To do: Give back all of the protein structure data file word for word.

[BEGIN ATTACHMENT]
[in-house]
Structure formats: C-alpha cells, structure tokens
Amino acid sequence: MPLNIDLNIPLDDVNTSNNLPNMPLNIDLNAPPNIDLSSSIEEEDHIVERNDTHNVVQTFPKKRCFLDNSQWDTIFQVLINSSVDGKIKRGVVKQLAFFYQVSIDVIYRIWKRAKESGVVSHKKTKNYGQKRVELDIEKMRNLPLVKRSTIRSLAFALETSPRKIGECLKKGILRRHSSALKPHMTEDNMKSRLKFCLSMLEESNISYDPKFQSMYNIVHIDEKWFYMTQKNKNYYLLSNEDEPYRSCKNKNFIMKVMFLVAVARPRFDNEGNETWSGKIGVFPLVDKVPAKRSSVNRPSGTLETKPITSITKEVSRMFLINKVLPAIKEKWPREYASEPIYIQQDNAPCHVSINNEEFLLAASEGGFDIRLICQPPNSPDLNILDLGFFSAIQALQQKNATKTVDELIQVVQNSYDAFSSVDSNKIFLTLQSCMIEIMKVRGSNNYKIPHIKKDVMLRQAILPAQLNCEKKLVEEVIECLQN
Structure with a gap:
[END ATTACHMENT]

[in-house]
Structure formats: C-alpha cells, structure tokens
Amino acid sequence: MPLNIDLNIPLDDVNTSNNLPNMPLNIDLNAPPNIDLSSSIEEEDHIVERNDTHNVVQTFPKKRCFLDNSQWDTIFQVLINSSVDGKIKRGVVKQLAFFYQVSIDVIYRIWKRAKESGVVSHKKTKNYGQKRVELDIEKMRNLPLVKRSTIRSLAFALETSPRKIGECLKKGILRRHSSALKPHMTEDNMKSRLKFCLSMLEESNISYDPKFQSMYNIVHIDEKWFYMTQKNKNYYLLSNEDEPYRSCKNKNFIMKVMFLVAVARPRFDNEGNETWSGKIGVFPLVDKVPAKRSSVNRPSGTLETKPITSITKEVSRMFLINKVLPAIKEKWPREYASEPIYIQQDNAPCHVSINNEEFLLAASEGGFDIRLICQPPNSPDLNILDLGFFSAIQALQQKNATKTVDELIQVVQNSYDAFSSVDSNKIFLTLQSCMIEIMKVRGSNNYKIPHIKKDVMLRQAILPAQLNCEKKLVEEVIECLQN
Structure with a gap: